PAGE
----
Indonesia to Impose Five-Year Moratorium on New Palm Oil Concessions

Tabita Diela Jakarta Globe 15 Jul 16;

Jakarta. The Indonesian government will soon issue a presidential instruction that would serve as legal basis for a five-year moratorium on new palm oil concessions as part of the country's effort to reduce the negative impact of the plantations on the environment.

President Joko "Jokowi" Widodo has put environmental issue as one of his administration priorities, seeking to put an end to Indonesia's deteriorating tropical forests.

Last year, the president extended a moratorium on peatland exploitation, which has been in place since 2011. Jokowi also said in April that he wanted to stop oil palm plantations and mining taking up forested land.

"The new policy is part of the previous ones, but this time, we come prepared with more data," Coordinating Economics Minister Darmin Nasution said on Friday (15/07).

Darmin said the government would make use of single base map — created in terms of the One Map Policy program that harmonizes all maps in the archipelago into one reference map — to ensure that the program does not overlap or conflict with other polices, such as on mining, agriculture or infrastructure development.

The minister's comment came after a meeting in Jakarta with his colleagues, including Environment and Forestry Minister Siti Nurbaya, Trade Minister Thomas Trikasih Lembong, Industry Minister Saleh Husin and Land and Spatial Planning Minister Ferry Mursyidan Baldan.

This was the first meeting at ministerial level for the implementation of the presidential order.

The follow-up meeting — which still has to be scheduled — will determine the details and norms in the regulation.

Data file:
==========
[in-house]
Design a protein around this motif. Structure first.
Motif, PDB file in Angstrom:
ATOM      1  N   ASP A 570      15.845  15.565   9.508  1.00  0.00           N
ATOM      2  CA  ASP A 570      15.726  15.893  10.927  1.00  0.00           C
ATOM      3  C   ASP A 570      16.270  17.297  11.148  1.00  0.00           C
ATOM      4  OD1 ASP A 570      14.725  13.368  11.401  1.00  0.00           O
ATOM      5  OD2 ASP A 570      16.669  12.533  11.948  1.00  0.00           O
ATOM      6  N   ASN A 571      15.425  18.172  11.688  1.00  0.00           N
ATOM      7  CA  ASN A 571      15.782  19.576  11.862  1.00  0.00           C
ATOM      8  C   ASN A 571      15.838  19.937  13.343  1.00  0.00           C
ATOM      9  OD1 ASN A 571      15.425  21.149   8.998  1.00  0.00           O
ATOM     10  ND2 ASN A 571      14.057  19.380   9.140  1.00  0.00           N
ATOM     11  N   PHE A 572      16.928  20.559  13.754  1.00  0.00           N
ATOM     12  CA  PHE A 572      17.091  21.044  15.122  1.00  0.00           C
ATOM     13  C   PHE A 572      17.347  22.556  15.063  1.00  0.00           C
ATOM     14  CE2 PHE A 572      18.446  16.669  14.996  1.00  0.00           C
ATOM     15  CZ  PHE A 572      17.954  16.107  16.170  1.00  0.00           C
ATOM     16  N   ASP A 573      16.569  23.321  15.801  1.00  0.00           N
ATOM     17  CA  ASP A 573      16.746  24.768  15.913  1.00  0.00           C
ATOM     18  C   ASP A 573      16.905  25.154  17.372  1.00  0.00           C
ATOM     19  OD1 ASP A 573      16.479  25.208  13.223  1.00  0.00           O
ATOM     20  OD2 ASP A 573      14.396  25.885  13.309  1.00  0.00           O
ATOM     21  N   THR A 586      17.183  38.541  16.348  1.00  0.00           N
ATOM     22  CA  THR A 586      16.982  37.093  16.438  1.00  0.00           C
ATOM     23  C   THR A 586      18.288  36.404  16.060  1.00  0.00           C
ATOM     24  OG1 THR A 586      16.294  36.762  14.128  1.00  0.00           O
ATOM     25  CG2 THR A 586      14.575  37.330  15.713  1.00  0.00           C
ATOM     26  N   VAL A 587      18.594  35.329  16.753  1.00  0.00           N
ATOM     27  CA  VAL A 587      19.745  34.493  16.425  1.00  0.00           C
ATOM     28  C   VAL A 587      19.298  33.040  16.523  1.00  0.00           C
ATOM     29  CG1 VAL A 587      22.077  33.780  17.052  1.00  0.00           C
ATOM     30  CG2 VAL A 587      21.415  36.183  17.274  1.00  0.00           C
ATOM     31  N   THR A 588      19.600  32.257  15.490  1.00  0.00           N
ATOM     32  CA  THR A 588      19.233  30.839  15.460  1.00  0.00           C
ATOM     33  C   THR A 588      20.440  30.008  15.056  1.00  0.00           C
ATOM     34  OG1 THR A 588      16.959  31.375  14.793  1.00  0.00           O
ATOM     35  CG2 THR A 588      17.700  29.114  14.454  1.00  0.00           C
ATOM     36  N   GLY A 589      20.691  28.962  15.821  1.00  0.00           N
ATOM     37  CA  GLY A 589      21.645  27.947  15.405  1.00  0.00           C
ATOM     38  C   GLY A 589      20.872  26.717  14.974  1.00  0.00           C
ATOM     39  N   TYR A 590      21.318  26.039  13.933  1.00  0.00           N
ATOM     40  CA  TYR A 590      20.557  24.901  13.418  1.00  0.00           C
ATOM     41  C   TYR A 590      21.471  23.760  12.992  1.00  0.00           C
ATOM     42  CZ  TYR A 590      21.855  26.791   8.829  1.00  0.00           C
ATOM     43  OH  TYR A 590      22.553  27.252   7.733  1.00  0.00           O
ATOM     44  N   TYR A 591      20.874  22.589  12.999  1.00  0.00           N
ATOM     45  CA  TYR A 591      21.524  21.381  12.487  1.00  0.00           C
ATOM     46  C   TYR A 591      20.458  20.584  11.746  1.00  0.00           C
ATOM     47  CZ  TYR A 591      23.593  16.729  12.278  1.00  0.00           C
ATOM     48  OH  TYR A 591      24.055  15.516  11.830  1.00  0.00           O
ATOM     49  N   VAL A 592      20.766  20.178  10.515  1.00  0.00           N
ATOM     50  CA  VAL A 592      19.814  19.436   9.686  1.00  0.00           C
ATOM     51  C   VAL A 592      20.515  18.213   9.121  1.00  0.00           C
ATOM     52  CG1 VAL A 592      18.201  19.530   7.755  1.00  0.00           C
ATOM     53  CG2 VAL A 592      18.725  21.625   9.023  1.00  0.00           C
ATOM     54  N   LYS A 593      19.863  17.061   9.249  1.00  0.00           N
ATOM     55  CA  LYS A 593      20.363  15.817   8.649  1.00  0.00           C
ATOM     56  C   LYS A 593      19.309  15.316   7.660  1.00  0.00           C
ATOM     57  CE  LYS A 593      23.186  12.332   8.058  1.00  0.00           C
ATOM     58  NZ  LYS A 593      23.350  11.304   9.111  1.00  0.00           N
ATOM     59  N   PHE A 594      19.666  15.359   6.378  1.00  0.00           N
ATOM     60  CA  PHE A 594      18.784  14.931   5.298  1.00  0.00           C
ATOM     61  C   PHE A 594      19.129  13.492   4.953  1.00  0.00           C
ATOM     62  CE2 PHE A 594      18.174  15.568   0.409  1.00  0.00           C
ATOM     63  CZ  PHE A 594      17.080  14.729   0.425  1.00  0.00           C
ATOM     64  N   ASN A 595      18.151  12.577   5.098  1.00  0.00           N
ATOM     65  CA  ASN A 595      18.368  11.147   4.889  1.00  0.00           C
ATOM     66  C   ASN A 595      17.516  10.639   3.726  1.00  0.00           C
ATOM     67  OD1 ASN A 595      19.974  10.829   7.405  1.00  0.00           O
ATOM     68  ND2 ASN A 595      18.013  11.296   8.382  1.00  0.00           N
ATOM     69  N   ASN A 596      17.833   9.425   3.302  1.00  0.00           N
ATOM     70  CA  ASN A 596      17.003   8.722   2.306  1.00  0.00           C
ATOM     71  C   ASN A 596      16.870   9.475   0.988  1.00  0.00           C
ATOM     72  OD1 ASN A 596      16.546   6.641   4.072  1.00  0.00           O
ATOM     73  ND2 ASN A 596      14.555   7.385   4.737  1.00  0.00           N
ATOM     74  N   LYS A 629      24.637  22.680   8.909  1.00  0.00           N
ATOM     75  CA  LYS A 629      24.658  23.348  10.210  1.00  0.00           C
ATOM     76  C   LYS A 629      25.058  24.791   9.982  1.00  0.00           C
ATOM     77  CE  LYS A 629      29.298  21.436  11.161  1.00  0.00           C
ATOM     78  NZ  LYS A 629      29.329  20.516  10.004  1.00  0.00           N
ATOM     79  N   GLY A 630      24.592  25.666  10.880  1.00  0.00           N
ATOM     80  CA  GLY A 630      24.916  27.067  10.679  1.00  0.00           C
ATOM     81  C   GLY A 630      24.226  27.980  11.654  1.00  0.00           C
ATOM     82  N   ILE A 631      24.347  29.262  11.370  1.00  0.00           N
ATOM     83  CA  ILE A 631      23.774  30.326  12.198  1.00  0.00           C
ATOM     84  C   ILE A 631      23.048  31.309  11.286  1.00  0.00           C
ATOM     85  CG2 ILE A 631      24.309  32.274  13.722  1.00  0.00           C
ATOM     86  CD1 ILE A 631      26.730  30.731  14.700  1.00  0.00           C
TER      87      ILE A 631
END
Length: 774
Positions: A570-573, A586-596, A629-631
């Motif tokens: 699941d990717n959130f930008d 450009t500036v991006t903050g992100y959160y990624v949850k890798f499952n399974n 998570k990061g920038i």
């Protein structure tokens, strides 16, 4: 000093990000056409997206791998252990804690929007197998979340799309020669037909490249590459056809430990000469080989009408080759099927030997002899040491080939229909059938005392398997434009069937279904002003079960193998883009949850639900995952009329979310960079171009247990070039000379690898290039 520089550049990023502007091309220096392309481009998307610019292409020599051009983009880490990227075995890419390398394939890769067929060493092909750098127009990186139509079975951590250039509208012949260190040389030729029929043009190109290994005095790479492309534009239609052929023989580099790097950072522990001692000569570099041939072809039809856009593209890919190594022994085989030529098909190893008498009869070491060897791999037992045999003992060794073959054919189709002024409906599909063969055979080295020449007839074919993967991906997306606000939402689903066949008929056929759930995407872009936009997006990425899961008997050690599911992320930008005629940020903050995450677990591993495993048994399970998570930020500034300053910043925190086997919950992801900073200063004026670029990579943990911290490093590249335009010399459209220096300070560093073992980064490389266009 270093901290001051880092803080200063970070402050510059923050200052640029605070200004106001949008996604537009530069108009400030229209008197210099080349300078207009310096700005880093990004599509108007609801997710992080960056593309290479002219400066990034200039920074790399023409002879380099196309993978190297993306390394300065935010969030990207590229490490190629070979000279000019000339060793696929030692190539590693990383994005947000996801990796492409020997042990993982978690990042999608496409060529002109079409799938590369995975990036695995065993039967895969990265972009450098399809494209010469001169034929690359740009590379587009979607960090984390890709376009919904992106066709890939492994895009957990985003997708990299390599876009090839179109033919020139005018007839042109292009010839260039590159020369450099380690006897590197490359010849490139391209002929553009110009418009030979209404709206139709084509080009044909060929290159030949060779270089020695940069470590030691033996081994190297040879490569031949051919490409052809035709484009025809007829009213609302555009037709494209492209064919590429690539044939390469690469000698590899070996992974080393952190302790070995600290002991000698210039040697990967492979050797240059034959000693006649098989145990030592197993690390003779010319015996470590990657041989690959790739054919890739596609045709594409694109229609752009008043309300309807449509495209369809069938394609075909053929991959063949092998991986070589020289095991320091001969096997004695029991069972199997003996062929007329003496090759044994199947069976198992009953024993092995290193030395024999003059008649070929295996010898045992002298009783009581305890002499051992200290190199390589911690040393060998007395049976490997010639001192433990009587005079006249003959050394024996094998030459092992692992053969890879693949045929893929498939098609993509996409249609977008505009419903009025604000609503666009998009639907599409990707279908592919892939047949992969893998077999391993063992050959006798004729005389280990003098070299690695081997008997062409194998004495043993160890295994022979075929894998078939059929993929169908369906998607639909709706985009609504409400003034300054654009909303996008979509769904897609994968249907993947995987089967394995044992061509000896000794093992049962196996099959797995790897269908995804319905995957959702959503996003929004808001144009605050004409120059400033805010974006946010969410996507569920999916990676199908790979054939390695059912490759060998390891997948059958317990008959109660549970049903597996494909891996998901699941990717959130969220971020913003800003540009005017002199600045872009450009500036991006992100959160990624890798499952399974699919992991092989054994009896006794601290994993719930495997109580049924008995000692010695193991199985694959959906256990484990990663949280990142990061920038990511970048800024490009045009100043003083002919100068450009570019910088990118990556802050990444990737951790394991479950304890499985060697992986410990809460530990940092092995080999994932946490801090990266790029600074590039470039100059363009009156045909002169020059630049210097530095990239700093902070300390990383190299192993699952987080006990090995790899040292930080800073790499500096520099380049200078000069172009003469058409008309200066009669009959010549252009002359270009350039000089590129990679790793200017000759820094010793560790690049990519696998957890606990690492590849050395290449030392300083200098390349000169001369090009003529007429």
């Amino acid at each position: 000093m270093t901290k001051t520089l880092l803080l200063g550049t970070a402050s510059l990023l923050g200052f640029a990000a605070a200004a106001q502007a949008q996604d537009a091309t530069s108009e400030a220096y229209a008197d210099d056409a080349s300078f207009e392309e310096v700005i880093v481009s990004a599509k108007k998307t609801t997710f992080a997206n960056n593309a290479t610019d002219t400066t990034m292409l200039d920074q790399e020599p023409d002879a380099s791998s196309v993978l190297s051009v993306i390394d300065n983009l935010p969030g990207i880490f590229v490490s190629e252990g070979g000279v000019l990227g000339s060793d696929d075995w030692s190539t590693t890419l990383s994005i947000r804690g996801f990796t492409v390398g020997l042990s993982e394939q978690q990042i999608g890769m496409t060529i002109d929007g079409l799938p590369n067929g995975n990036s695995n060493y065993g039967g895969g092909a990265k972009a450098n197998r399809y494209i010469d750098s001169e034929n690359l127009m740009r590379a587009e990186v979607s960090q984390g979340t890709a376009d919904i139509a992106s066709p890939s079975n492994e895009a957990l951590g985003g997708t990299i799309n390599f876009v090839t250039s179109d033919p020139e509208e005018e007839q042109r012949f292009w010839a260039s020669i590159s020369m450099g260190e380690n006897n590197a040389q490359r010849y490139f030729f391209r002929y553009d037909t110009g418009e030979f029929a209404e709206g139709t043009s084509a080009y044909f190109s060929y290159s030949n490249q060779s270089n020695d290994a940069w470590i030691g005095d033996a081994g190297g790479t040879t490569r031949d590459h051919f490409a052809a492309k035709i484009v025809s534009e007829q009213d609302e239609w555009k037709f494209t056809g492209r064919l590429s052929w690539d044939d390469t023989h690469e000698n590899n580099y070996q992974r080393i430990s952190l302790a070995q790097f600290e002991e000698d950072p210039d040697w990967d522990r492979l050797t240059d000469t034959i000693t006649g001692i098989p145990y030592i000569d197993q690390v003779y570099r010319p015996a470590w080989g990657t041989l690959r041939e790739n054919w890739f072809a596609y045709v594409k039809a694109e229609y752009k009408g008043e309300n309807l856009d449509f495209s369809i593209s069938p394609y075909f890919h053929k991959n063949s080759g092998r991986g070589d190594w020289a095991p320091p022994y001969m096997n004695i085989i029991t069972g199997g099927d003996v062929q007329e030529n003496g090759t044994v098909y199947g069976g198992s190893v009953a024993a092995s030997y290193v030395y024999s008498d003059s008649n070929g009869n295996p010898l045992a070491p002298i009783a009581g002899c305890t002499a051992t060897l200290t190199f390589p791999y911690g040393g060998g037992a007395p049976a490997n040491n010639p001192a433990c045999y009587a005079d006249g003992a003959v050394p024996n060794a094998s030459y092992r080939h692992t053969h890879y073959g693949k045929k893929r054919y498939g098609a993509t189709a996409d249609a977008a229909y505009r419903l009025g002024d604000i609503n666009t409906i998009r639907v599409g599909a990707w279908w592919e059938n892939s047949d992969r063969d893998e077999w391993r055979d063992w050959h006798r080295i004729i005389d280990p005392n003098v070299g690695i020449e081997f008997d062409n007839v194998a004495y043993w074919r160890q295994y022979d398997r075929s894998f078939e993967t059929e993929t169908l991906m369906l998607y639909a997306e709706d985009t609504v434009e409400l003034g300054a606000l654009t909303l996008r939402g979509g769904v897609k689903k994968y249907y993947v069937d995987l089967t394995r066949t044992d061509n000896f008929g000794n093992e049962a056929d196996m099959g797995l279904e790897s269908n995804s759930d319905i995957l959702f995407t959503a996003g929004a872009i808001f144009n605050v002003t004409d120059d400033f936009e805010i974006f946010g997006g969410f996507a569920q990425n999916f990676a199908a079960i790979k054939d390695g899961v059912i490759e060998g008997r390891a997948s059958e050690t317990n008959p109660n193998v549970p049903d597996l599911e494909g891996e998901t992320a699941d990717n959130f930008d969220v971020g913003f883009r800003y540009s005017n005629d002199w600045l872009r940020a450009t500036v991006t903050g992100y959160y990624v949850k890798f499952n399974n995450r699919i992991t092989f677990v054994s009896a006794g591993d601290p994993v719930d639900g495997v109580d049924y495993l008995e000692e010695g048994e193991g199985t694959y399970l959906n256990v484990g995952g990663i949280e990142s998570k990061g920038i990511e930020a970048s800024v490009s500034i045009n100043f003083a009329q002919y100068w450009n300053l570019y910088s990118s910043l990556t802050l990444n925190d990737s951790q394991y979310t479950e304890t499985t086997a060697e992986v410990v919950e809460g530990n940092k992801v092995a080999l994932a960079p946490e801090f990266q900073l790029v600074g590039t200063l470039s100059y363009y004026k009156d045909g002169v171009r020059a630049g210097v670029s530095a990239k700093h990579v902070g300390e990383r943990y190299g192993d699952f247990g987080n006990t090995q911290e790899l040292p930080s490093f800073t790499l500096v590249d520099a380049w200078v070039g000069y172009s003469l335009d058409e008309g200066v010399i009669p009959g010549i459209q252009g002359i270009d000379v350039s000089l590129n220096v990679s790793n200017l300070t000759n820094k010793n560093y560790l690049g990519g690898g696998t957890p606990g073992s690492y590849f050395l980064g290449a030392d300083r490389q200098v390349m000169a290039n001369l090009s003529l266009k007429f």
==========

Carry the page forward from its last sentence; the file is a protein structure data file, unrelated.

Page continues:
"We will also include the Indonesian Sustainable Palm Oil System standard [in the regulation], so please don't be too worried as there will also be a transition period," Darmin said in an effort to assuage concerns among palm oil producers who fear that the plan could undermine one of the country's largest raw commodity exports.

Indonesia, as the world's largest palm oil producer, has been criticized by activists and other Southeast Asian countries for years as it failed to stop or prevent the region's annual haze problem, caused by forest clearing for palm and pulp plantations.

Trade Minister Thomas said the policy would prop up Indonesia's image as it aspires to contribute to efforts to stem global warming.

Indonesia govt planning moratorium in new oil palm plantation
Antara 15 Jul 16;

Jakarta (ANTARA News) - The government is planning moratorium policy of opening new oil palm plantation especially in forest areas to be effective in five years.

Coordinating Minister for Economy Darmin Nasution said moratorium is ruled to concentrate more on replanting and improvement of productivity.

"We want to redress the system in the development of the oil palm plantation including improving productivity and replanting," Darmin said after chairing a meeting on withholding license for new oil palm plantations.

Taking part in the coordination meeting were Minister for the Environment and Forestry Siti Nurbaya, Trade Minister Thomas Lembong, Industry Minister Saleh Husin and Minister of Agrarian Affairs and Lay out/head of the National Land Office Ferry Mursidan Baldan and leaders of palm oil companies.

Darmin said the moratorium is the continuation of the program postponing the opening of land for new oil palm plantations effective as from 2011.

"This time we have to prepare data. It happens we already have the Program of One Map Policy and the map. Therefore we hope this policy could be operational more effectively," he said.

He said the availability of data is crucial in the implementation of the planned moratorium as without the data it would be difficult to solve any problem in the field.

"We will also include standard such as ISPO (Indonesian Sustainable Palm Oil System). Therefore, no need to worry too much as there would be a period of transition," he said.

Minister Siti Nurbaya said the government will issue a presidential instruction for the implementation of the program requiring all ministries to take any necessary steps in line with their respective functions.

"There would be no license to use forest and peat lands for oil palm plantations," she said.

The drafting of the presidential Instruction and the Inpres norms about moratorium for forest and peat lands to be used for oil palm plantation are expected to be ready in the next coordinating meeting.

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